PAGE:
One Employee Clocked In Another One, Then Lied

Question to Ask the Workplace Doctors about false clocking in:

I have a situation that has happened in the past couple weeks and I wonder what I should do. One of my employees wasn’t at work and another employee clocked him in, but denies it. How should I handle this?

Signed, Perplexed

Dear Perplexed:

What you do about it may depend upon where your organization is located, what rules and policies in your company might apply, and what your role is in the organization. Consult with your own boss or with a personnel or HR section and find out if they have a method for dealing with this issue.

If you are figuring it out on your own, consider these thoughts, as you decide what to do:

1. How do you know one employee was gone and another clocked him or her in on the time card? If your workplace is small enough, that might be an easy thing to figure out, but if you are in a very large organization it might not be so easy. If you have proof, and there is a rule against it, act on that rule. And also take action about the employee lying to you.
2. If you can’t prove it, you probably will have to simply live with your suspicions. If you can’t take formal action, you can at least let the two employees know about your doubts and how that affects your relationship with them.
3. Perhaps you need to investigate further. One way to determine if someone was at work is to access computer records, email records, files and reports that person should have done during the day and so forth. If absolutely no work was done, that’s a good sign the employee wasn’t there. Unless the employee works in complete isolation, perhaps other employees will remember if there was one day or part of a day when the employee did not come to work.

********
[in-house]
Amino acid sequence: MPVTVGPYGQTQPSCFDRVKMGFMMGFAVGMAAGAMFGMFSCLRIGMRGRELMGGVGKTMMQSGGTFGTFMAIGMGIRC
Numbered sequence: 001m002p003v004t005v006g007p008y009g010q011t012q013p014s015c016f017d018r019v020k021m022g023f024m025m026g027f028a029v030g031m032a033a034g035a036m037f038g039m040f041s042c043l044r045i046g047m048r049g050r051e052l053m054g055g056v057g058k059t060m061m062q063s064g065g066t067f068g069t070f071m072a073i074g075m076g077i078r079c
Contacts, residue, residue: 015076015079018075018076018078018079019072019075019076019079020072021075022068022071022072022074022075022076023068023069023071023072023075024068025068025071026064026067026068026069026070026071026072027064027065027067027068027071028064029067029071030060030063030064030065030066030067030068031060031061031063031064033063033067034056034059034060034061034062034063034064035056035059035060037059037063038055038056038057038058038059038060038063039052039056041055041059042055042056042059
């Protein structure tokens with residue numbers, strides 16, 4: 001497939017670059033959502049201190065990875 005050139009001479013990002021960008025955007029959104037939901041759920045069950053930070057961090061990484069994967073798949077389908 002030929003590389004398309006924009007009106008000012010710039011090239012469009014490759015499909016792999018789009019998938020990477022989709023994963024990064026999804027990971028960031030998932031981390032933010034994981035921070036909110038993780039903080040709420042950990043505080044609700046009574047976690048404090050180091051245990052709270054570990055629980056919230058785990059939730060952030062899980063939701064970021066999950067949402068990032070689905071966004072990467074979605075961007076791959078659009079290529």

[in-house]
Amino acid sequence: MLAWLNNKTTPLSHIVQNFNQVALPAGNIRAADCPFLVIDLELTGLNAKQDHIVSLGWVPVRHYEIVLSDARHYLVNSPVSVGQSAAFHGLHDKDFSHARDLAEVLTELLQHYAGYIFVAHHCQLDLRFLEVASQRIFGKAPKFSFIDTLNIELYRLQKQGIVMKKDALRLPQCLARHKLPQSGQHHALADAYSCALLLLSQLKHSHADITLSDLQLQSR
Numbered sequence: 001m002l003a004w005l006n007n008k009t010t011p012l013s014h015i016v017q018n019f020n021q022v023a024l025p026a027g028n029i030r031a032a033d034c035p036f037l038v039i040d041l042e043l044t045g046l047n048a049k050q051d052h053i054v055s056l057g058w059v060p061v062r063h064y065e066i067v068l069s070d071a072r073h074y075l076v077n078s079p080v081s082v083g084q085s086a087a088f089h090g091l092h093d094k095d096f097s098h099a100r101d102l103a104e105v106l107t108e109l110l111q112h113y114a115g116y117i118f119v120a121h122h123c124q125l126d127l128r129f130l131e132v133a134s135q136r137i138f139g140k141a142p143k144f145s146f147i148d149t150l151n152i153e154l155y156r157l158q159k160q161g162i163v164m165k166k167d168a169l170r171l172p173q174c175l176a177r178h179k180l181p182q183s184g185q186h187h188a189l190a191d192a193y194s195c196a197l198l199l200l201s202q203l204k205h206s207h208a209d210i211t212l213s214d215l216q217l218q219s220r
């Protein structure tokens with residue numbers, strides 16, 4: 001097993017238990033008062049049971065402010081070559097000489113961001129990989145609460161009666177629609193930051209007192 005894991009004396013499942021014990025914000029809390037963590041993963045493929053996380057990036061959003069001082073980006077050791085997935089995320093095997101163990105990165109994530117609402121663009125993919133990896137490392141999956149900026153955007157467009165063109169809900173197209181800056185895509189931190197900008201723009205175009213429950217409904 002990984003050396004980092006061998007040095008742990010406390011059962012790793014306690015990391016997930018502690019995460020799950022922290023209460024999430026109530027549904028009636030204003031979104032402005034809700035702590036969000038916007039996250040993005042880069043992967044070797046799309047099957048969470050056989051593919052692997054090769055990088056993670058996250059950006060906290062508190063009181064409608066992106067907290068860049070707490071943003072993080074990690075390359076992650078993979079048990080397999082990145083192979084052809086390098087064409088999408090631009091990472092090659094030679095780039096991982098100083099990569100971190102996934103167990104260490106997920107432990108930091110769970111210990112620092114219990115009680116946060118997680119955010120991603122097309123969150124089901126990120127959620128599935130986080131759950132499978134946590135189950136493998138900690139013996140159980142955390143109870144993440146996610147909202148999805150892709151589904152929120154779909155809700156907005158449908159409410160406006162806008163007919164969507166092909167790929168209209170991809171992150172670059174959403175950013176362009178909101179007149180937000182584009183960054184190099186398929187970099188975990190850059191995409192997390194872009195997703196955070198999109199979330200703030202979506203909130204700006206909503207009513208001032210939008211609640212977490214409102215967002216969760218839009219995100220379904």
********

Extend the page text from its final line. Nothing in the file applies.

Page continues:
4. Also consider why one employee would jeopardize his or her job to help out another employee. Are there circumstances you should know about? Has this happened before? How have other supervisors handled it? If you have your evidence talk to HR or your boss and decide if the situation merits a reprimand or dismissal. Among the things to consider is the overall attitude of the employee, the impact on work, whether or not others have done similar things, and whether or not you think a warning would be enough to keep it from happening again.Another factor would be how long the employee was absent. If the employee was only late, you might want to start the process with a reprimand. If the employee was paid for a full shift of work but didn’t work any, that’s much more serious.

Whatever you do, keep good records of each step you take. Try to take the emotion out of it and stick to the facts as you know them. Get advice from others, especially bosses, so you know you are on the right track. Remember too that other employees are watching to see how this is handled. Being too lenient or too tough can create frustration and anger in other employees. The best approach is matter-of-fact and focused on finding out the truth, without being vengeful or acting as though you’re tracking down a criminal!I hope these thoughts help you develop a plan of action that works well for you. If you have the time and wish to do so, let us know what results.

Tina Lewis Rowe

Tina Lewis Rowe

Tina had a thirty-three year career in law enforcement, serving with the Denver Police Department from 1969-1994 and was the Presidential United States Marshal for Colorado from 1994-2002. She provides training to law enforcement organizations and private sector groups and does conference presentations related to leadership, workplace communications and customized topics. Her style is inspirational with humor.